With determination, the four missionaries set out to preach the Gospel. However, the missionary work progressed slowly due to difficulty with the language and opposition from other Christian sects. After some time, more missionaries were sent over, but the conversion rate was slow and the missionaries grew discouraged despite some early success. Between 1901 and 1924 the mission in Japan yielded 174 converts. Despite the efforts and sacrifices made by the original four missionaries and those that followed, the missionary results were meager. In the face of growing militarism and anti-foreign sentiments, President Heber J. Grant who was by then President of the church sent instructions to temporarily close the mission in 1924. All was not lost, though, as those early missionaries paved the way for what we have today. Their early work produced the first translation of the Book of Mormon into Japanese and the small number of members who did convert remained faithful on their own until the work resumed in 1948 after the end of World War II. Without the early efforts of those pioneering missionaries and members, the church would not have been ready for the Gospel to go forth at that time and progress in Japan to what it is today. By1970, the first stake was organized in Tokyo. Today, the church is now solidly established in Japan with over one hundred thousand Japanese Saints committed to the truths and principles of the restored gospel of Jesus Christ.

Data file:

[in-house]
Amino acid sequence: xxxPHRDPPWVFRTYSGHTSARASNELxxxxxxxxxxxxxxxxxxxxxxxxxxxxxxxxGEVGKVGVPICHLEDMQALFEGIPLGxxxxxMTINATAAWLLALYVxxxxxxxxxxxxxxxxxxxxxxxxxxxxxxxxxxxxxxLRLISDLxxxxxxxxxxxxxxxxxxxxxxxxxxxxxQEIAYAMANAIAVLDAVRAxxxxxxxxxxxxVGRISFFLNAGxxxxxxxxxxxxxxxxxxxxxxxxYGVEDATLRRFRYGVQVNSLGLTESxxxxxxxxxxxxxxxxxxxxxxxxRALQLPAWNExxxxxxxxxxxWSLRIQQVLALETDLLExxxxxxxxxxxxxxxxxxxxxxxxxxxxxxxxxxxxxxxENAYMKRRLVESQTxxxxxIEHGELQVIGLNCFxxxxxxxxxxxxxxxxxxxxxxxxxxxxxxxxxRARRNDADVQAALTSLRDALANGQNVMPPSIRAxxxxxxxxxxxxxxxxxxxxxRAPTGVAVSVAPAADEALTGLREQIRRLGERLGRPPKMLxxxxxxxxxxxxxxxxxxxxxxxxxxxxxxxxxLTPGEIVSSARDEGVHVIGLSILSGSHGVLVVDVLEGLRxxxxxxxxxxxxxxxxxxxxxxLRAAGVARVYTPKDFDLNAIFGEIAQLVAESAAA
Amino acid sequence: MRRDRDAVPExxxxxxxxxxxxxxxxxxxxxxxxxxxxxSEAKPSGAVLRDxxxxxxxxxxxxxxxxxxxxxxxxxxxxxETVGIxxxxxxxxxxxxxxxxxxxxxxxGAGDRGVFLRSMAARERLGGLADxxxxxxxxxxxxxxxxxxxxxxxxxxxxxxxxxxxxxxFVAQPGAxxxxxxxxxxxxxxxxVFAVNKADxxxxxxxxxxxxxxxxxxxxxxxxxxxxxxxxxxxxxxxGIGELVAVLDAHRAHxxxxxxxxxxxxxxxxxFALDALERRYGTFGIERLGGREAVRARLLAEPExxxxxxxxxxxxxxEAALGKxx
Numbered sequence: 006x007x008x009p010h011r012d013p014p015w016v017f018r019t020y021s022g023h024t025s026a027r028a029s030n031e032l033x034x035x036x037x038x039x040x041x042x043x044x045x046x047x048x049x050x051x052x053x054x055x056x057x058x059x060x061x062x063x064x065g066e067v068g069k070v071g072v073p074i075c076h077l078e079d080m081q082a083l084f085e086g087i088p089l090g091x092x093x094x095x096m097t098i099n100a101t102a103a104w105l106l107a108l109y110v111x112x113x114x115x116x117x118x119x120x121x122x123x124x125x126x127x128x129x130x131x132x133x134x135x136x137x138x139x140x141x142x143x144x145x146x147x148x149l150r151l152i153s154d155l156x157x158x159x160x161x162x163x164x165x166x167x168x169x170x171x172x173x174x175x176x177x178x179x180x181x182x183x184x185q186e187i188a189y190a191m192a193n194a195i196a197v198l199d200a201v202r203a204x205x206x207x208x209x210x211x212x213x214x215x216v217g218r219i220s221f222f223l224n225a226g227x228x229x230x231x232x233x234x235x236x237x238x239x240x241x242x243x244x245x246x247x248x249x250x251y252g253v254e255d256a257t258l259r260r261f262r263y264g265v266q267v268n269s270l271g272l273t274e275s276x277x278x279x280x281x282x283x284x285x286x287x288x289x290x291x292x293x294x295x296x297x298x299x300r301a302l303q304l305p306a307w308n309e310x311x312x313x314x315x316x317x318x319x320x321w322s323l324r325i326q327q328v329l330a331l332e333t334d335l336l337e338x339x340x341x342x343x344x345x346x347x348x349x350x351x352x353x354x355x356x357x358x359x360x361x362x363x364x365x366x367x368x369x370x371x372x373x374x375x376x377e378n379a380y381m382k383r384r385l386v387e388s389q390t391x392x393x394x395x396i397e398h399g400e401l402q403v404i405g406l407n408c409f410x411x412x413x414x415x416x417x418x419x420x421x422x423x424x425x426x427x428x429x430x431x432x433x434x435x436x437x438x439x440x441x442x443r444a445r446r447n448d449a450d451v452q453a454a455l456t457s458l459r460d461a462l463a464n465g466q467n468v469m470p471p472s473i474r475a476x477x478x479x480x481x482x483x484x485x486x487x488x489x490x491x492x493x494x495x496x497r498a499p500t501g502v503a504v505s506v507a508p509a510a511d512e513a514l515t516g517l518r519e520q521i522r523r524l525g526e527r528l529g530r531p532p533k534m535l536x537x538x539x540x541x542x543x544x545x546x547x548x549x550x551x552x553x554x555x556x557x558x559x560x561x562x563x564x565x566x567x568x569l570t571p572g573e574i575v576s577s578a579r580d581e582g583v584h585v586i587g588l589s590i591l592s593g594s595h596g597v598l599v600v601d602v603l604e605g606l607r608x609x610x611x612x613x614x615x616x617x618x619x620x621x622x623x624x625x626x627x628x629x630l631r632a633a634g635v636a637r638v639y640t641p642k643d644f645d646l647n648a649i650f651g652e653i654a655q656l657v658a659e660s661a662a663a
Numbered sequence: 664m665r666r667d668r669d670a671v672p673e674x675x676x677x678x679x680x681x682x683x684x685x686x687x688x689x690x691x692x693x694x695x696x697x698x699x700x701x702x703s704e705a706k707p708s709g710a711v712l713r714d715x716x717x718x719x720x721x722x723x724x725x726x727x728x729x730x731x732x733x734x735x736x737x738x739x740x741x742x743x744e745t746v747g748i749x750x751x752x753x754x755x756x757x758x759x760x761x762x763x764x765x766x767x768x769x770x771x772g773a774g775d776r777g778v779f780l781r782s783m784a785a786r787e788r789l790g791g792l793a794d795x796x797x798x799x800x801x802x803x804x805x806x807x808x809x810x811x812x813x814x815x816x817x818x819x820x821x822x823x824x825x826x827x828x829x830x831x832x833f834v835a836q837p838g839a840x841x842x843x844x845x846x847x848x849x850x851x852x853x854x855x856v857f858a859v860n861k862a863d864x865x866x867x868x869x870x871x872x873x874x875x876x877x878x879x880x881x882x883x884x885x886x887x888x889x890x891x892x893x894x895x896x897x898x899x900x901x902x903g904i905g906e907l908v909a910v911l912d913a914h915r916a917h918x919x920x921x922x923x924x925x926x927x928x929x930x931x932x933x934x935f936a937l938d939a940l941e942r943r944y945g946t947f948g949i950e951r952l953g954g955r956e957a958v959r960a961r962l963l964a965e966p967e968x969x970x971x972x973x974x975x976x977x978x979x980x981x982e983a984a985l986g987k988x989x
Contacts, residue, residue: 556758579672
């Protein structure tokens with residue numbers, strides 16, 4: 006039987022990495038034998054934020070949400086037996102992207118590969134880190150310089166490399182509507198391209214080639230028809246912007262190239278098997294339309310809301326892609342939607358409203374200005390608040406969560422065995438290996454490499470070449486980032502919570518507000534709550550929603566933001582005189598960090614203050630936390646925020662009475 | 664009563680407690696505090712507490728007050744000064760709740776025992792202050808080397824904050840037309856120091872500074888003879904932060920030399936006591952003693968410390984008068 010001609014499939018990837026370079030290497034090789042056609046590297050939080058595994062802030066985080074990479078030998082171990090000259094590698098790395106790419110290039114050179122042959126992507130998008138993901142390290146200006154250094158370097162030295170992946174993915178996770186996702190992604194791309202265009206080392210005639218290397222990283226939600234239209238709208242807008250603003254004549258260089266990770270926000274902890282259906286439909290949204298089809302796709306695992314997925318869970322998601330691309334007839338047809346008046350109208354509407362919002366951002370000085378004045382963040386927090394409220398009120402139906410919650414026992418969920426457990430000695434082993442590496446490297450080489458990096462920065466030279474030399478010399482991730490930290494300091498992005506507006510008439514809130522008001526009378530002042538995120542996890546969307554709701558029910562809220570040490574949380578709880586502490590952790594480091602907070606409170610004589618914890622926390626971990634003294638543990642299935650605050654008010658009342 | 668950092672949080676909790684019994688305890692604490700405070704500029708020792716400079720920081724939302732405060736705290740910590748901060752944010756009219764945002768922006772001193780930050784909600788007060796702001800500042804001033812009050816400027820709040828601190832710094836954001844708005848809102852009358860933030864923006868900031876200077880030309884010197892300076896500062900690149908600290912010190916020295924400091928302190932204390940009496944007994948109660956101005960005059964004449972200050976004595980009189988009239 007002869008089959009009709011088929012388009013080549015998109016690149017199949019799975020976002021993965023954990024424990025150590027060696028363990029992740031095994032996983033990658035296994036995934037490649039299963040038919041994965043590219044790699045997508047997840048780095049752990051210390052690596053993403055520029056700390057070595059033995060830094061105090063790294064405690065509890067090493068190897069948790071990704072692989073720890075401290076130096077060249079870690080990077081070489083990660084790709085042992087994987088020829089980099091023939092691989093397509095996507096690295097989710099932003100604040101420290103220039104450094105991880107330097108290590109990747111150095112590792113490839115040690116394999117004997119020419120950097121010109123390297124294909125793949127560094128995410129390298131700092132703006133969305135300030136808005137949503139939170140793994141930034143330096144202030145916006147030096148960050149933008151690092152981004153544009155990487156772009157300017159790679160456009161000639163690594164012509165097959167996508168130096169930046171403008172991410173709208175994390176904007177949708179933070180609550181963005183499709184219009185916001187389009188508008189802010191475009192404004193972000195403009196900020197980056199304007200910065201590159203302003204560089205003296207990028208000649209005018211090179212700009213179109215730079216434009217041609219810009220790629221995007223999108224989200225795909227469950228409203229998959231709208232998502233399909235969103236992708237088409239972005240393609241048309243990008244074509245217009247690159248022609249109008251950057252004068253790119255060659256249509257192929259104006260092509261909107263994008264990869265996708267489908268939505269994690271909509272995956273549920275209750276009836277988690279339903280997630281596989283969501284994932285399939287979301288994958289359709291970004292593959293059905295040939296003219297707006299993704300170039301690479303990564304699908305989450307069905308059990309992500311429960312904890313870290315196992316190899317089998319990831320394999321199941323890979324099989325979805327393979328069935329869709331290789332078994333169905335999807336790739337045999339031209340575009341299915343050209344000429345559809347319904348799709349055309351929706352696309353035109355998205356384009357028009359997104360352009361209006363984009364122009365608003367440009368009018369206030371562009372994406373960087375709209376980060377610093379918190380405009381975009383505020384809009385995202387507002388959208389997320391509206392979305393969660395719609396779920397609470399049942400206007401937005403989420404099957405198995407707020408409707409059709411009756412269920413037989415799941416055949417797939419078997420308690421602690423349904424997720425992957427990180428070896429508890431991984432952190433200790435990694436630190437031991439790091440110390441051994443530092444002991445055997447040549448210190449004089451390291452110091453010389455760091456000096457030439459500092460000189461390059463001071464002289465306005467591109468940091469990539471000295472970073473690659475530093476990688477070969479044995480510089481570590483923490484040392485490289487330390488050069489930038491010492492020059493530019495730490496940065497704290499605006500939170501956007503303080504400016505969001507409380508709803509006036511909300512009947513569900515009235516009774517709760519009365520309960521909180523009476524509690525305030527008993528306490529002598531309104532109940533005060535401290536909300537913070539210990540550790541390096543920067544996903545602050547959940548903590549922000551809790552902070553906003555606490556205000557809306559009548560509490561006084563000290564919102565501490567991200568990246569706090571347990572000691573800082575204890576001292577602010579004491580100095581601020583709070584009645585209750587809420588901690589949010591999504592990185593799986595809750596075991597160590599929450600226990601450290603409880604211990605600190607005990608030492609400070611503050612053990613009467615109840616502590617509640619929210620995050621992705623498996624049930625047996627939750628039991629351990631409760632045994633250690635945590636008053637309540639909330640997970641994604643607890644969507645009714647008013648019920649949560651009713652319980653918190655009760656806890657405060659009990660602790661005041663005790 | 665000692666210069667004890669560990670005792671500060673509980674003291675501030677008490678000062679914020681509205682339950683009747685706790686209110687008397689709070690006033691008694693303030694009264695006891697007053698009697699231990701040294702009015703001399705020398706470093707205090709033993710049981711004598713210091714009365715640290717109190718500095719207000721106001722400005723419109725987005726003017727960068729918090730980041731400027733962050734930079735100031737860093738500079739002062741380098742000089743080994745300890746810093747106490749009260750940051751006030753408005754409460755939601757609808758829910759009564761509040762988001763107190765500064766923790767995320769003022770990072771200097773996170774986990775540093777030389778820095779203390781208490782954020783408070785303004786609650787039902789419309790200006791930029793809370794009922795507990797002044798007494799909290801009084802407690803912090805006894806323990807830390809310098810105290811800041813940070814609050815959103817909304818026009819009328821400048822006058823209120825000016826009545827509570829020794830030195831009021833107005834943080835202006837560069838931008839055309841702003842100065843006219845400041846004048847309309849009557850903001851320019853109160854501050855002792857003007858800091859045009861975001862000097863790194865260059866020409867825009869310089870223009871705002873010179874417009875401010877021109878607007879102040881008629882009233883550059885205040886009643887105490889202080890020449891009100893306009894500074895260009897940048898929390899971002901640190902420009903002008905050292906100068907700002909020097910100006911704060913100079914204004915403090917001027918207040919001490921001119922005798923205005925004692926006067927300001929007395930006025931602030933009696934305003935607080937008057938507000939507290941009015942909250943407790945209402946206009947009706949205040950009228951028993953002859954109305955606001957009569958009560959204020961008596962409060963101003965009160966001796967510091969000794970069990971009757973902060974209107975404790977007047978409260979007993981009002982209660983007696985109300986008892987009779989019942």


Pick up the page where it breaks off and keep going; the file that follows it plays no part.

In 1975, Gordon B. Hinckley spoke to the members of the church in Japan concerning their ongoing achievement. He said, "No one, seeing what I have seen transpire in this land, could deny the workings of the Almighty. He has laid His hand upon this nation. His spirit has brooded over the people. Their hearts have been touched as they have listened to the testimony of His witness...The achievements of the past are but a prologue to a greater future." Part of that great future was realized in 1980, when the Tokyo temple was dedicated, the same year I moved to Japan for the first time with my parents Franz and Anne Kelsch. Louis Kelsch may have wondered at the time of his mission to Japan if any of his efforts and sacrifices were worth it. It seems fitting that some of his family was present for the dedication of the first temple in the country he labored in so many years ago.